If it floats, you’re good to go. If not, continue to blend in some more granulated sugar about 1 tablespoon at a time, and do the test again after each addition. Once it floats, you’ll know that your sugar to water ratio is just right.
Step 6 – Chill
Scoop your mixture back into a large bowl (unless it’s already there!) and cover with plastic wrap. Chill in the fridge until completely cool, for about two hours, or place it over an ice bath to speed the process.
If using the ice bath method, remember stir your frozen dessert base occasionally, to ensure that it chills evenly.
Step 7 – Churn it up!
Once your base is chilled, it’s time to churn! Do this according to the manufacturer’s instructions on your machine.
In my case, this meant pouring the mix into the frozen bowl and letting the dasher do its thing for about 40 minutes.
Most ice cream makers will produce a soft-textured sorbet. So firm it up, place it in lidded freezer storage containers, and freeze for 2 to 4 hours, or overnight.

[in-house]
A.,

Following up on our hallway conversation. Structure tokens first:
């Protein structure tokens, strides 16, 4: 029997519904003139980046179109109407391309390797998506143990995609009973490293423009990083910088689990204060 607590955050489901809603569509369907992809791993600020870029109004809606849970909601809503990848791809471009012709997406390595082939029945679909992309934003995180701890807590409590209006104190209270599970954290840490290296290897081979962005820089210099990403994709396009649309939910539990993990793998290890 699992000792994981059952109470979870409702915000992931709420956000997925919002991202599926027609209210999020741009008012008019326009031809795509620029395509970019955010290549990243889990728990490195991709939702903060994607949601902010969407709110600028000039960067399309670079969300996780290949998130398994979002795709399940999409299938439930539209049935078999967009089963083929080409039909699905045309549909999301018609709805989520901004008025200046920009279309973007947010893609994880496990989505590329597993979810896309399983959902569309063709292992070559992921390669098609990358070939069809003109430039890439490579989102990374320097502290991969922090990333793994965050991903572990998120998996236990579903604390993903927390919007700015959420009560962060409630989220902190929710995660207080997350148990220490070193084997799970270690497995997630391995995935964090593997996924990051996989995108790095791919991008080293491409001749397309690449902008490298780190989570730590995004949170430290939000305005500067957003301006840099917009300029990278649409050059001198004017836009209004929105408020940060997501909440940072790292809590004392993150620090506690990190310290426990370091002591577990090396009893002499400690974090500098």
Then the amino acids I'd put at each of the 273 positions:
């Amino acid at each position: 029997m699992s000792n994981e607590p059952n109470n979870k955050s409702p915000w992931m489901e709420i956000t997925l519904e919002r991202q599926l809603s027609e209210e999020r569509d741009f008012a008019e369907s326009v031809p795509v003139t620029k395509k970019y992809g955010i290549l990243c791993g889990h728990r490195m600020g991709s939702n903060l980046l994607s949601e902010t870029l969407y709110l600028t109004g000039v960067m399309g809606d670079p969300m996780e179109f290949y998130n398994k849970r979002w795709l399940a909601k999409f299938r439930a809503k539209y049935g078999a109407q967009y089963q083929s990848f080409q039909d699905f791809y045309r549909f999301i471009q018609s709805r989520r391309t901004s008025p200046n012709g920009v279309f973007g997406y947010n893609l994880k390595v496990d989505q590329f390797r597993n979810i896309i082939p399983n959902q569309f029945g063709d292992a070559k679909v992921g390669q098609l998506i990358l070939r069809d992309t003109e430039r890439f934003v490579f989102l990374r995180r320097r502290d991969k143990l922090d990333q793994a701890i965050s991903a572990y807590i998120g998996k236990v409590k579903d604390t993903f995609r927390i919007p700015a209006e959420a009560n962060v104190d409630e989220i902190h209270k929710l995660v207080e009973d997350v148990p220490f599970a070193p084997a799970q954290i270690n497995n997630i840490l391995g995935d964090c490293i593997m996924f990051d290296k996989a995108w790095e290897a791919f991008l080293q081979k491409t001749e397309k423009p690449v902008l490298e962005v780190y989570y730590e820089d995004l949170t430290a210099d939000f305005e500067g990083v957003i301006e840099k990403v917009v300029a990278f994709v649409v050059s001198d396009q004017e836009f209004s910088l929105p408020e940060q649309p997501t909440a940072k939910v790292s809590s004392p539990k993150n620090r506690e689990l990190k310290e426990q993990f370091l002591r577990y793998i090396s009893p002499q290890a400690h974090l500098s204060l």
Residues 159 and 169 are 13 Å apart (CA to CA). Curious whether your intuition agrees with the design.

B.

For easy scooping, I like to run my metal ice cream scoop under hot water first.
This quick and simple tequila mango sorbet is the perfect addition to your Cinco de Mayo celebration, a birthday party, or barbecue, or any time that you need a fresh, sweet kick with a bit of a boozy kick.
Bonus tip: You can also try substituting half of the tequila with triple sec and adding the juice of one lime for a tart flavor that’s reminiscent of a margarita.
Looking for another tasty flavor combo? Check out our recipe for cucumber elderflower sorbet, or our grapefruit and honey version.
Tell us in the comments how you plan to celebrate this year, or when you’ll serve this sweet, fruity treat at home!